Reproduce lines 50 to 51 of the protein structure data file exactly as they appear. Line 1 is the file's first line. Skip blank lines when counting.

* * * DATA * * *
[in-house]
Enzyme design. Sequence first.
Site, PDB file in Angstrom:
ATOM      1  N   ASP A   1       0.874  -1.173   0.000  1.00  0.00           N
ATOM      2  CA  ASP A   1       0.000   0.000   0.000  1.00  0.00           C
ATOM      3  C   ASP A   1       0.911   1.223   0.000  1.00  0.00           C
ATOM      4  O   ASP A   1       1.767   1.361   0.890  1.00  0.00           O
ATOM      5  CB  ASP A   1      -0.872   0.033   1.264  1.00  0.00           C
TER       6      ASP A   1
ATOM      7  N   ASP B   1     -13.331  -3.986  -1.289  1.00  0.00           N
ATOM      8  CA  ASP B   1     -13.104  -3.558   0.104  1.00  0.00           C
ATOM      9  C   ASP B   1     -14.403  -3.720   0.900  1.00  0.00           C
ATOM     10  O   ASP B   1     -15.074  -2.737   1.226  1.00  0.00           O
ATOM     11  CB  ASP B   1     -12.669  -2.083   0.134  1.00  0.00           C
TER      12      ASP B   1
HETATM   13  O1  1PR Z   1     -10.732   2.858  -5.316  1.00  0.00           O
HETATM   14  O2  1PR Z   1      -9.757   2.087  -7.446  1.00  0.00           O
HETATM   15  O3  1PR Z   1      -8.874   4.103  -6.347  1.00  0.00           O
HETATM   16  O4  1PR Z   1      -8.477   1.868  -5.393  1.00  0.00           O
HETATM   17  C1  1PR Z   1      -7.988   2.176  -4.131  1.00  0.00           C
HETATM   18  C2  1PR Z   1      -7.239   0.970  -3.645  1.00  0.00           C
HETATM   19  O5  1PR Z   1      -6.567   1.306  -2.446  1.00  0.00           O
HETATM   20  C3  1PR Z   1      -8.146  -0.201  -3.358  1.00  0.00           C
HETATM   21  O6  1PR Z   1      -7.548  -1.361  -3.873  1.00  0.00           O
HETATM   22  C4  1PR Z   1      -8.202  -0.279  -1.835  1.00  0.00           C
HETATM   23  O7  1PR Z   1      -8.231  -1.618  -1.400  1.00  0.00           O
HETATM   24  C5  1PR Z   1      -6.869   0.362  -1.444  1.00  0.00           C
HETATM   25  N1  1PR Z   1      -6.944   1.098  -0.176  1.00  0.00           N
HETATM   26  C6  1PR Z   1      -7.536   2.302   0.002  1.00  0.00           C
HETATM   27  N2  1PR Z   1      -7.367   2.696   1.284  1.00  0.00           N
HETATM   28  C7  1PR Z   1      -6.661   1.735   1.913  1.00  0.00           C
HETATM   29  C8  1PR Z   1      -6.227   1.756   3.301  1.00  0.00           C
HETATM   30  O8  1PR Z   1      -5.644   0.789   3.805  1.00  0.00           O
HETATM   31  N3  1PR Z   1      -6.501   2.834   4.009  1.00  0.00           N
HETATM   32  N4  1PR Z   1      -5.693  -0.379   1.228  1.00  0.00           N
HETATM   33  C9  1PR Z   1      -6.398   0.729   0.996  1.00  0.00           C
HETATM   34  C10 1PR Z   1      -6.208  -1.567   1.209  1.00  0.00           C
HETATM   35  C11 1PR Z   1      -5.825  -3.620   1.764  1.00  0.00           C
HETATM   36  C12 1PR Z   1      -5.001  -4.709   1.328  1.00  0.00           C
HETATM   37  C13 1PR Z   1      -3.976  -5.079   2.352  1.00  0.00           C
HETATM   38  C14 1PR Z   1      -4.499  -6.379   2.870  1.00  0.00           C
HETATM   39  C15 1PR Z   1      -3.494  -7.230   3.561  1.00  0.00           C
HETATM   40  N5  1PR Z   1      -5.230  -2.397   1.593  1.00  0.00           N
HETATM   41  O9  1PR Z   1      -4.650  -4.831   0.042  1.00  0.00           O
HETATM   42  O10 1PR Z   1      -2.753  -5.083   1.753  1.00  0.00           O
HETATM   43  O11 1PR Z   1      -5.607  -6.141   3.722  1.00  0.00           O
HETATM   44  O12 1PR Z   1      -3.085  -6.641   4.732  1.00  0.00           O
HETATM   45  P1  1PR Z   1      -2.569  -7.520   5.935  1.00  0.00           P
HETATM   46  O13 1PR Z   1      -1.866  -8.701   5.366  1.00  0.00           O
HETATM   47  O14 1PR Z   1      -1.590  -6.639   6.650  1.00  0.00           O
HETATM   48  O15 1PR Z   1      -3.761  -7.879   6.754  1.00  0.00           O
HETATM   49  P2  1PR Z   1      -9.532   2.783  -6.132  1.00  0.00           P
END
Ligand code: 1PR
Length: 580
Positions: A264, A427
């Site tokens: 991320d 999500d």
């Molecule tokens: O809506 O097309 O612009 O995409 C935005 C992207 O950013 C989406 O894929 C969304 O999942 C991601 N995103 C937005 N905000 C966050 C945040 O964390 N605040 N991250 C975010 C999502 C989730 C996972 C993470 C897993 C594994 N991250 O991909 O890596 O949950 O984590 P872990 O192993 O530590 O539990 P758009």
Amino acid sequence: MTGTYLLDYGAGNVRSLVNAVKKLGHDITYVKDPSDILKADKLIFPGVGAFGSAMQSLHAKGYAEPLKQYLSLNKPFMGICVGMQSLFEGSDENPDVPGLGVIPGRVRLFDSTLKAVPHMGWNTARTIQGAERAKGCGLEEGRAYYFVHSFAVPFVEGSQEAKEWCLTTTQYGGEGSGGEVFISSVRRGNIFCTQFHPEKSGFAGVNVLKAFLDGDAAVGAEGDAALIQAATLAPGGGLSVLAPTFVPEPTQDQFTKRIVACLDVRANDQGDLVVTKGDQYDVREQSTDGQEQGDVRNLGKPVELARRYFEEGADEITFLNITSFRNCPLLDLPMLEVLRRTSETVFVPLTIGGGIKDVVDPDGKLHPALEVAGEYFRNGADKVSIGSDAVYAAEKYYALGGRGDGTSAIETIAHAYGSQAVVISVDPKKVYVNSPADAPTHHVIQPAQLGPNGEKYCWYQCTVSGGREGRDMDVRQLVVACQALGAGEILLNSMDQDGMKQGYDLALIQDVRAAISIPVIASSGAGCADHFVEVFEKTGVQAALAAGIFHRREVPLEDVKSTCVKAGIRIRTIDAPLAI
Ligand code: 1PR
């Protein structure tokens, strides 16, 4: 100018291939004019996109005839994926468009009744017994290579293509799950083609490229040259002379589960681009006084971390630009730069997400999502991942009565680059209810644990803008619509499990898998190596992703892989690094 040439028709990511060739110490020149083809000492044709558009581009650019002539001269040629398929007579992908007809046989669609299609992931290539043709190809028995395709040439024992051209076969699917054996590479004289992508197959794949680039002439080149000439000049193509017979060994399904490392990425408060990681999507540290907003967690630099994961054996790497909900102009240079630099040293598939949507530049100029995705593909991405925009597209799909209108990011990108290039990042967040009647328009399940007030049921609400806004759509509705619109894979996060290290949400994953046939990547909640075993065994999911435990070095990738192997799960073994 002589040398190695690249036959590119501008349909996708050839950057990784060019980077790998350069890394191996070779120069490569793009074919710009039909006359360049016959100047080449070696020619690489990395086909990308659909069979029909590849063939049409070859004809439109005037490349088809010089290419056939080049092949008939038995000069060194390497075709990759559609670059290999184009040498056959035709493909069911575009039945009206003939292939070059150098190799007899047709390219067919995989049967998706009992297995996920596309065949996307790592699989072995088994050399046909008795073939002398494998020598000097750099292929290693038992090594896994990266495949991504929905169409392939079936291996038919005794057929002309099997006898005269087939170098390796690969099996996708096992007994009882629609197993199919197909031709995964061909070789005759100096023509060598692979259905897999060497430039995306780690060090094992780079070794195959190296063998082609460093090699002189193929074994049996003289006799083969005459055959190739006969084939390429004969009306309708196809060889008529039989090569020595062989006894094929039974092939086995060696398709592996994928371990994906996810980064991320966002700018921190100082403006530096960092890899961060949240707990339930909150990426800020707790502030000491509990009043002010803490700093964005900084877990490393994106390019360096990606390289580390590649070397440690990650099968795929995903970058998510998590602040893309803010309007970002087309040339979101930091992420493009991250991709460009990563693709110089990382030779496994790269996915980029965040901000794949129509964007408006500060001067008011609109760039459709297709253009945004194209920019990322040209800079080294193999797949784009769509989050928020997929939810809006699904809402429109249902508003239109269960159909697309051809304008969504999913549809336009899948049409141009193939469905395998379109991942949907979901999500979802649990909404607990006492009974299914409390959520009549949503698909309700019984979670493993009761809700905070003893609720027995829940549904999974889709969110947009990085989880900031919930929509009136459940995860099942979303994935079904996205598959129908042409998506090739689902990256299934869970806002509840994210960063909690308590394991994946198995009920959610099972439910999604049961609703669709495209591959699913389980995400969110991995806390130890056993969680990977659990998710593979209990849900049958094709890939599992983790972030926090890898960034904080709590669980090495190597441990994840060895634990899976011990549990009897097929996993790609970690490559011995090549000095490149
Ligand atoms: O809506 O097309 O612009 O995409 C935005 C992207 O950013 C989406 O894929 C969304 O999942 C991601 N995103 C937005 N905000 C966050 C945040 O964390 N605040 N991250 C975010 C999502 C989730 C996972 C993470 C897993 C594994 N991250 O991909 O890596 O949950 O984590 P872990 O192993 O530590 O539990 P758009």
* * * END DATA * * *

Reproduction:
HETATM   47  O14 1PR Z   1      -1.590  -6.639   6.650  1.00  0.00           O
HETATM   48  O15 1PR Z   1      -3.761  -7.879   6.754  1.00  0.00           O